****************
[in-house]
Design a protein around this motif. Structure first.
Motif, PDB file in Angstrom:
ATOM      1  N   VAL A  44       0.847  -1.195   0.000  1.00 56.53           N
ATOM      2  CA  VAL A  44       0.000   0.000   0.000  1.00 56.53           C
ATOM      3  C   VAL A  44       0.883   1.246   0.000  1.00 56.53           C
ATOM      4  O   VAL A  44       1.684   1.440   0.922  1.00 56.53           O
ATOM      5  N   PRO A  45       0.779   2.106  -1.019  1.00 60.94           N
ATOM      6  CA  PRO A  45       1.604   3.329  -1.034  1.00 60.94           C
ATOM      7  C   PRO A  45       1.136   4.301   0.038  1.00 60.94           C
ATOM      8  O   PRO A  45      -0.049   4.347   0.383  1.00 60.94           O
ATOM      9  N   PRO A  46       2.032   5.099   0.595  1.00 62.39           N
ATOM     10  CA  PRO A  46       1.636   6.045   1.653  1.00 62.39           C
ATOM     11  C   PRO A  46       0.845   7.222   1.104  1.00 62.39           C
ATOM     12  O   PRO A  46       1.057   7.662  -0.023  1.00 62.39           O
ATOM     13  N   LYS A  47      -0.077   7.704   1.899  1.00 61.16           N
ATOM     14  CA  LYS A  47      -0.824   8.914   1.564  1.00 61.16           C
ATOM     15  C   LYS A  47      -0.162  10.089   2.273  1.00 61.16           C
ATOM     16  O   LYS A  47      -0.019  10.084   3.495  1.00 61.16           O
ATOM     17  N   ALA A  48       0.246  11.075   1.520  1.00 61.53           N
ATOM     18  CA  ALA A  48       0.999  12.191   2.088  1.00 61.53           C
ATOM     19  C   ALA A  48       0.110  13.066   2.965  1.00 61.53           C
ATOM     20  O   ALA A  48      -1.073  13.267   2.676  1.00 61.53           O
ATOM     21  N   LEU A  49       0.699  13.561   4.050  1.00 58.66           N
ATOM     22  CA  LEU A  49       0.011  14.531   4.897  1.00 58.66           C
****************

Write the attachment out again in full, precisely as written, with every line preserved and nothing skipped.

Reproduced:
[in-house]
Design a protein around this motif. Structure first.
Motif, PDB file in Angstrom:
ATOM      1  N   VAL A  44       0.847  -1.195   0.000  1.00 56.53           N
ATOM      2  CA  VAL A  44       0.000   0.000   0.000  1.00 56.53           C
ATOM      3  C   VAL A  44       0.883   1.246   0.000  1.00 56.53           C
ATOM      4  O   VAL A  44       1.684   1.440   0.922  1.00 56.53           O
ATOM      5  N   PRO A  45       0.779   2.106  -1.019  1.00 60.94           N
ATOM      6  CA  PRO A  45       1.604   3.329  -1.034  1.00 60.94           C
ATOM      7  C   PRO A  45       1.136   4.301   0.038  1.00 60.94           C
ATOM      8  O   PRO A  45      -0.049   4.347   0.383  1.00 60.94           O
ATOM      9  N   PRO A  46       2.032   5.099   0.595  1.00 62.39           N
ATOM     10  CA  PRO A  46       1.636   6.045   1.653  1.00 62.39           C
ATOM     11  C   PRO A  46       0.845   7.222   1.104  1.00 62.39           C
ATOM     12  O   PRO A  46       1.057   7.662  -0.023  1.00 62.39           O
ATOM     13  N   LYS A  47      -0.077   7.704   1.899  1.00 61.16           N
ATOM     14  CA  LYS A  47      -0.824   8.914   1.564  1.00 61.16           C
ATOM     15  C   LYS A  47      -0.162  10.089   2.273  1.00 61.16           C
ATOM     16  O   LYS A  47      -0.019  10.084   3.495  1.00 61.16           O
ATOM     17  N   ALA A  48       0.246  11.075   1.520  1.00 61.53           N
ATOM     18  CA  ALA A  48       0.999  12.191   2.088  1.00 61.53           C
ATOM     19  C   ALA A  48       0.110  13.066   2.965  1.00 61.53           C
ATOM     20  O   ALA A  48      -1.073  13.267   2.676  1.00 61.53           O
ATOM     21  N   LEU A  49       0.699  13.561   4.050  1.00 58.66           N
ATOM     22  CA  LEU A  49       0.011  14.531   4.897  1.00 58.66           C